A Fox News reporter is awaiting a judicial panel's decision on whether a New York judge was correct to issue a subpoena that compelled her to testify in a Colorado courtroom about her confidential sources in a story relating to accused movie theater shooter James Holmes.
Jana Winter, a reporter for FoxNews.com, reported soon after the July massacre that Holmes had filled his notebook with drawings of the planned shooting and sent it to a psychiatrist. She attributed the information to two anonymous law enforcement sources.
Arguing before a five-judge panel on Wednesday, Holmes’s lawyers said that the leakers must be revealed and sanctioned for violating a sweeping gag order issued soon after the July 2012 shooting that left 12 movie theatergoers dead.
Meanwhile, Winter’s attorneys said that she should not have to appear in Colorado court, citing New York’s shield law, which provides absolute privilege for journalists’ confidential sources and reporting materials. They urged the panel to rule that a lower court judge was wrong to sign the subpoena.
“When a judge in New York was requested to sign a subpoena to a journalist to require her to travel outside the state and have to disclose confidential newsgathering information in a jurisdiction that does not provide the same absolute privilege that journalists enjoy in New York, that judge, in our view, violated the strong public policy, and he should not have issued the subpoena,” said Dori Ann Hanswirth, one of the lawyers representing Winter. “He should not have made her go to Colorado, where she is facing very serious consequences that she would never have to face in New York.”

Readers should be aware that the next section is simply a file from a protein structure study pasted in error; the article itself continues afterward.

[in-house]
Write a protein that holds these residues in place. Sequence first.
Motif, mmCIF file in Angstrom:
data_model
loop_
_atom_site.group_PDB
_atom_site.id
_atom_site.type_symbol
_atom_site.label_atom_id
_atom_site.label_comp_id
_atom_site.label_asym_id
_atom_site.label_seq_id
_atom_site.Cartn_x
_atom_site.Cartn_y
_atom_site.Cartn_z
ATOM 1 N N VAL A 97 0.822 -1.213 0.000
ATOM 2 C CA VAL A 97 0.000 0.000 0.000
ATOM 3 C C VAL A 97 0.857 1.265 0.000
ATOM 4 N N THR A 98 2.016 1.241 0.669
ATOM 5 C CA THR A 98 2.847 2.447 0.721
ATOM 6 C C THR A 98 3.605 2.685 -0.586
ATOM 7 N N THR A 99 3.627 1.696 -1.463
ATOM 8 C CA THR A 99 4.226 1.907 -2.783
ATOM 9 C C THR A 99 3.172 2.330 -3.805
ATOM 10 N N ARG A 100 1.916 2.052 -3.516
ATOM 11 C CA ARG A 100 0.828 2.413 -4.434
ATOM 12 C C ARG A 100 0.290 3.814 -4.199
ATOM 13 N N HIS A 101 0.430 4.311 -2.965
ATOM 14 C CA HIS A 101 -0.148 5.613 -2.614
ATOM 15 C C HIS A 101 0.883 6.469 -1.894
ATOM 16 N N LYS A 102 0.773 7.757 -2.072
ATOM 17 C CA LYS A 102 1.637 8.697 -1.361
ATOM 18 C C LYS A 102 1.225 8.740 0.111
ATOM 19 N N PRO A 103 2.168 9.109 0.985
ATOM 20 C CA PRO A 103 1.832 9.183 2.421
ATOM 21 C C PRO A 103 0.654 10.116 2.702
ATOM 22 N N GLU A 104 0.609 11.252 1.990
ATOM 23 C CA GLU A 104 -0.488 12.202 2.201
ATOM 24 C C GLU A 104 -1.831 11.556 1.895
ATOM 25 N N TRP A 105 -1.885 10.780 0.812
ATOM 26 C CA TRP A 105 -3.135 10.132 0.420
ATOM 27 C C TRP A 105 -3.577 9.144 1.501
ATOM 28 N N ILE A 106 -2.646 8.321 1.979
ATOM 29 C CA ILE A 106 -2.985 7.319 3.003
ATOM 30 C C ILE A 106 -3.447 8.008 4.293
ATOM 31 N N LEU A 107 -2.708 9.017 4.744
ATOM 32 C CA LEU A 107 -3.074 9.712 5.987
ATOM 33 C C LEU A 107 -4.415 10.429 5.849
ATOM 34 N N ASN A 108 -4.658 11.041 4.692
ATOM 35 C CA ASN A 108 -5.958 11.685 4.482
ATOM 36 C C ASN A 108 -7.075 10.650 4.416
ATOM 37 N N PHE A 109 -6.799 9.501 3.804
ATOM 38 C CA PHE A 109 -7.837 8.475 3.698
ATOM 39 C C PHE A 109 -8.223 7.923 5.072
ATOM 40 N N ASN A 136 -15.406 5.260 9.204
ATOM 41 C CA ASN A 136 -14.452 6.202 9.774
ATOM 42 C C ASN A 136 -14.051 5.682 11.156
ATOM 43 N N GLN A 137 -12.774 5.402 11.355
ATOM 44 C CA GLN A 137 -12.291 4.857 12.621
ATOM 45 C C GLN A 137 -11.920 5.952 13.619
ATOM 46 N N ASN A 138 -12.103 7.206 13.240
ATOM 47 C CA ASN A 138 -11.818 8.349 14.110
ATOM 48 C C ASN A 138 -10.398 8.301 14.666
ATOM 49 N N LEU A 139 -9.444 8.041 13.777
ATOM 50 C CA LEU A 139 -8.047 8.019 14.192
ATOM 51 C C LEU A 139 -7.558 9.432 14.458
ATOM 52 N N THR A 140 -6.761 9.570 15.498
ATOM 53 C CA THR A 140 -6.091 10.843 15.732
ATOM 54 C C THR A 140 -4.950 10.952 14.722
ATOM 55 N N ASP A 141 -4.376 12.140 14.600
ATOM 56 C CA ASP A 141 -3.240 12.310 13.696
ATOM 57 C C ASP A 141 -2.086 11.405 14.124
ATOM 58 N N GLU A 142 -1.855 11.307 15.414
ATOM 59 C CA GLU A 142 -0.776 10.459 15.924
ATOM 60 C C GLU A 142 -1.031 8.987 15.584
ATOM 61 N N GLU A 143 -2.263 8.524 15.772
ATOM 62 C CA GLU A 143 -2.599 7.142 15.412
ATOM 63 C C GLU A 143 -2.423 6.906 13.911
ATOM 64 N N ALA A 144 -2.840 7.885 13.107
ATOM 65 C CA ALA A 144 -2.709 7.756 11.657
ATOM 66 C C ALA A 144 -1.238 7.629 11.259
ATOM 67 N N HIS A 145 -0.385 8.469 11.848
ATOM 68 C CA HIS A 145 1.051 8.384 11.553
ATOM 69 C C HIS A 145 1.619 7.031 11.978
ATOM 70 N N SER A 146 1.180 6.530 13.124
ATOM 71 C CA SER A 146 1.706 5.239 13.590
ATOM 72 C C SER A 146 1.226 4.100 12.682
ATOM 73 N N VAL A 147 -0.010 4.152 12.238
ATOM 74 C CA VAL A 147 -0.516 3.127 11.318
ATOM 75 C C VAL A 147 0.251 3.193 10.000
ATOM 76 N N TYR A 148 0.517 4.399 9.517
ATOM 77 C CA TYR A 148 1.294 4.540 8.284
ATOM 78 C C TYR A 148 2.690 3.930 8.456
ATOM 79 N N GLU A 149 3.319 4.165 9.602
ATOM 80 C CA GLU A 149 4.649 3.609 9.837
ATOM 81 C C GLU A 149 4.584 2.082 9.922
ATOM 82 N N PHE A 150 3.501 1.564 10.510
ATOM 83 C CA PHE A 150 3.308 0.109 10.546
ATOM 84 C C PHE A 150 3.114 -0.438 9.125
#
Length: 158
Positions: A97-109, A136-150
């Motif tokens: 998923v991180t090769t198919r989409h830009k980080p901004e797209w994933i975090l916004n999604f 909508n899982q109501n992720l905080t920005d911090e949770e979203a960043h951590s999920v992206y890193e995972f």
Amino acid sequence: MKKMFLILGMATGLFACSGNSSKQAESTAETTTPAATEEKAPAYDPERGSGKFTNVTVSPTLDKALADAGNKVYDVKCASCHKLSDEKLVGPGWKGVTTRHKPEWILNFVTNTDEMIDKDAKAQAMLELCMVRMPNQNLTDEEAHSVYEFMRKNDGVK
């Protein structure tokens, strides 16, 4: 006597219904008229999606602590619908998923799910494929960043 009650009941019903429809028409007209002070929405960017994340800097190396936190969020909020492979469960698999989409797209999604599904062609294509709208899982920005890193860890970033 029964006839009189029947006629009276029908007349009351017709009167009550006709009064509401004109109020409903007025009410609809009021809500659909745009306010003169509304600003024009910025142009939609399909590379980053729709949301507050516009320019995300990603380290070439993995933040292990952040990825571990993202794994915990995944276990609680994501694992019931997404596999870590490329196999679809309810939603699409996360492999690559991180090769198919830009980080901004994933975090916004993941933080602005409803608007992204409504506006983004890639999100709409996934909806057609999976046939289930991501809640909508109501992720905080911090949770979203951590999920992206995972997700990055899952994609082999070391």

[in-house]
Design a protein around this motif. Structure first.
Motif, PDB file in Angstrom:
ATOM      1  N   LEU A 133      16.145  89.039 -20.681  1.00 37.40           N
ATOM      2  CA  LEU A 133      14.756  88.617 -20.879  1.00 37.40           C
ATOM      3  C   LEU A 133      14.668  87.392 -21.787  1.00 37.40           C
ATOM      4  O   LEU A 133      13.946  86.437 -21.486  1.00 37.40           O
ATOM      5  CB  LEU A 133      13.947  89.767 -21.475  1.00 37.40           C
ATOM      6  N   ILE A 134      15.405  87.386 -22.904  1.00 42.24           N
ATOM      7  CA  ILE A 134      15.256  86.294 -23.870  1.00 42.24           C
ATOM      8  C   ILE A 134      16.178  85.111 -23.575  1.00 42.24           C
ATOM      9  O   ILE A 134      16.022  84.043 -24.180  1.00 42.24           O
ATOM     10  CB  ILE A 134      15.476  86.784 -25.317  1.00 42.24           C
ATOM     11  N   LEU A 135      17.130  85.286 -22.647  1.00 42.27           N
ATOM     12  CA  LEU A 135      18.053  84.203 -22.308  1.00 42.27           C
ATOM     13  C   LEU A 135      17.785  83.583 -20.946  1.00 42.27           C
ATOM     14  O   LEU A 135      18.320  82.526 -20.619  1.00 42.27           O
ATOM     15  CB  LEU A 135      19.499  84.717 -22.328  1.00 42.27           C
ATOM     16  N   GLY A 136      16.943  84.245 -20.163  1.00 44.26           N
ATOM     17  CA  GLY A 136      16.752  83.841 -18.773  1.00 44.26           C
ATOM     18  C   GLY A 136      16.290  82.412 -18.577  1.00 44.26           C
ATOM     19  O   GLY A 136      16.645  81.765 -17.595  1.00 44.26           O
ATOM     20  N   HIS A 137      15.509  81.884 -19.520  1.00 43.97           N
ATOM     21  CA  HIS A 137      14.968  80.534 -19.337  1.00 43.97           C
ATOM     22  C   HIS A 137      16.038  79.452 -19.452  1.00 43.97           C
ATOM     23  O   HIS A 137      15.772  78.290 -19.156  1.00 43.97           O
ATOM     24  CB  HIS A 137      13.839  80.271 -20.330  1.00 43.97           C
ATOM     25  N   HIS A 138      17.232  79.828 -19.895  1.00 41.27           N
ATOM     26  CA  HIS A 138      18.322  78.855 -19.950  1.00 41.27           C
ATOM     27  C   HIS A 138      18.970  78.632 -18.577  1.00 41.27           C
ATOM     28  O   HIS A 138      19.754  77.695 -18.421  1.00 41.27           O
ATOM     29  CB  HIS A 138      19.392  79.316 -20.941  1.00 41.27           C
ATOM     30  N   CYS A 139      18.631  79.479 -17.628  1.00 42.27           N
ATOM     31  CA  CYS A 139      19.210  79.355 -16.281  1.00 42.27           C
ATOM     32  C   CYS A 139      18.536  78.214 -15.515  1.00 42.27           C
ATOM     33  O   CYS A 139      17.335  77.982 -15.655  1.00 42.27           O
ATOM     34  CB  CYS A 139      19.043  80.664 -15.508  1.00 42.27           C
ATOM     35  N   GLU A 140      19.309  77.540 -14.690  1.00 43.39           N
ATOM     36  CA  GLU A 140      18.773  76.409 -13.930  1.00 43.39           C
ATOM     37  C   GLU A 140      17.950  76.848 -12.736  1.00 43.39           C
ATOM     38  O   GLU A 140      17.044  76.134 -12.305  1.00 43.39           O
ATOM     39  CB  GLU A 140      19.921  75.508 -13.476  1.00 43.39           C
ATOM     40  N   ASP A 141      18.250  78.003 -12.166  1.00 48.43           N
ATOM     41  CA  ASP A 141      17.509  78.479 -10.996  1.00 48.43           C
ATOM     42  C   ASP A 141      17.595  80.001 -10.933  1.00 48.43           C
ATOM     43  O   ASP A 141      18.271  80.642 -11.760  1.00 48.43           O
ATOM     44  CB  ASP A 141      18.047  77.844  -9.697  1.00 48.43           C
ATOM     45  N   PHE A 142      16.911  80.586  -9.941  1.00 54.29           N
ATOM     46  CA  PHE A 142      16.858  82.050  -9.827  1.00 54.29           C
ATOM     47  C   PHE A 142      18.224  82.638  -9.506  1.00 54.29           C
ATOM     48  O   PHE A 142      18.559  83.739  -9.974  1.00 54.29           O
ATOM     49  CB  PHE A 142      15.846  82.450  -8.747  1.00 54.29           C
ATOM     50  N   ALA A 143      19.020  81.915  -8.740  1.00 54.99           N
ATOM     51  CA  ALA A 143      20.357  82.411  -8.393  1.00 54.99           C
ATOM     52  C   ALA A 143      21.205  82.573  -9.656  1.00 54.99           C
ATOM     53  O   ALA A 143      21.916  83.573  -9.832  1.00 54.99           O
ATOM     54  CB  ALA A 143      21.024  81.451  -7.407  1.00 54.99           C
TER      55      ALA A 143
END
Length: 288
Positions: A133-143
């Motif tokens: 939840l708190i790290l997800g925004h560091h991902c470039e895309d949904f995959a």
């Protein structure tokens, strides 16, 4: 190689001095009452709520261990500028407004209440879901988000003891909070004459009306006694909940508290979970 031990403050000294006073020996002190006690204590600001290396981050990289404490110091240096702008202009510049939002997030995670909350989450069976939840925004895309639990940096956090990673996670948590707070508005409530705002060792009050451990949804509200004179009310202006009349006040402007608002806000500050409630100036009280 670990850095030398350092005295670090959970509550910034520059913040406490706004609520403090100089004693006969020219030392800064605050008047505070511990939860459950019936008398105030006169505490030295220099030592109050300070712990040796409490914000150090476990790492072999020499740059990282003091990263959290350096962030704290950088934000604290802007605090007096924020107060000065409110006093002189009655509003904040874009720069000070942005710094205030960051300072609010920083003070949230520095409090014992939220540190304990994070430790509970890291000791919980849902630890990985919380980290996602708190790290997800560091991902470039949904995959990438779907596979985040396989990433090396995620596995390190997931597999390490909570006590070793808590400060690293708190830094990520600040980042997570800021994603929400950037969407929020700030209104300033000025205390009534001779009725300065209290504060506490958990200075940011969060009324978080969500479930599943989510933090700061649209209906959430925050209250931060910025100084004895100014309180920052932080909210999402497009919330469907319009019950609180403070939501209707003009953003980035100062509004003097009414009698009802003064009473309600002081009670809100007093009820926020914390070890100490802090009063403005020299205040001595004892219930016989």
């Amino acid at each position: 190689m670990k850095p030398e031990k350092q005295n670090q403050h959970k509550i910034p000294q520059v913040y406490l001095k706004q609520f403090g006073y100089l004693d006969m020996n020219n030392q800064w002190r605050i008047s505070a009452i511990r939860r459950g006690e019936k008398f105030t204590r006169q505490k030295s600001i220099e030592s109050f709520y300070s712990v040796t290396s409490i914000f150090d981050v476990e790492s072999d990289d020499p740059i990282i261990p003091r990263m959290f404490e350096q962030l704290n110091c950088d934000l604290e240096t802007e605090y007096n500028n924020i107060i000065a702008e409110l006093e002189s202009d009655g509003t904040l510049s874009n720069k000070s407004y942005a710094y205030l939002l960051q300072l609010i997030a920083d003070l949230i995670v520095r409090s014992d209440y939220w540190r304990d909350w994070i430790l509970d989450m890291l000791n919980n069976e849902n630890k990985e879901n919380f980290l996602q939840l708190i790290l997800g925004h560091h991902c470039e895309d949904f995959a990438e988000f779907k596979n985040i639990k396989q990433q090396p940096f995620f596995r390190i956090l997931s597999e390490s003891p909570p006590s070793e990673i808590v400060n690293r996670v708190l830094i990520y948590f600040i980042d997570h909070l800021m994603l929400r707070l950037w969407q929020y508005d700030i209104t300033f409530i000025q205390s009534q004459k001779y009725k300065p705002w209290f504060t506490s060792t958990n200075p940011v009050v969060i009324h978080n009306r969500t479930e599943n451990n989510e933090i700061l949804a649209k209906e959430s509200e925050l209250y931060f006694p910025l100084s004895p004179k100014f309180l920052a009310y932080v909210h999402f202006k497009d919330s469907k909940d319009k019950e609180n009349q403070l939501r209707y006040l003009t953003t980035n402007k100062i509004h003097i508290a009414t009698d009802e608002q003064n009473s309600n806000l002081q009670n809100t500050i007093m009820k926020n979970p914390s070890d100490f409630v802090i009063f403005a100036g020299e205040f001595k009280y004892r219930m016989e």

If New York quashes the subpoena, Colorado will not have jurisdiction to subpoena Winter.
While the New York court weighs whether to quash the subpoena, the judge in Holmes’s Colorado trial is considering a similar motion and has asked lawyers to file briefs on whether the identities of the leakers are relevant to “substantial issues” in the case. Holmes’s lawyers argue that unmasking the sources would cast doubt on the credibility of these officers, which in turn could influence the outcome of the trial, according to court documents.
In April, the Colorado judge delayed consideration of the subpoena against Winter because he had not decided whether the notebook would be admitted as evidence. But the notebook became part of the record earlier this month, when Holmes entered a plea of insanity.
Winter is scheduled to appear in Colorado court in August. Hanswirth said she is hopeful that the New York court will make its decision before then.
Daniel Arshack, who represented Holmes at yesterday's hearing, was not immediately available for comment.
The New York proceeding may be Winter's best chance to avoid being ordered to disclose her sources, since Colorado’s shield law provides less protection than New York's. If Winter ultimately is ordered to reveal the leakers in Colorado and refuses, she might face jail time for contempt of court.
The Reporters Committee for Freedom of the Press submitted a friend-of-the-court brief supporting Winter, arguing that the New York court should apply the state’s policy of allowing reporters to protect their confidential sources.
Related Reporters Committee resources: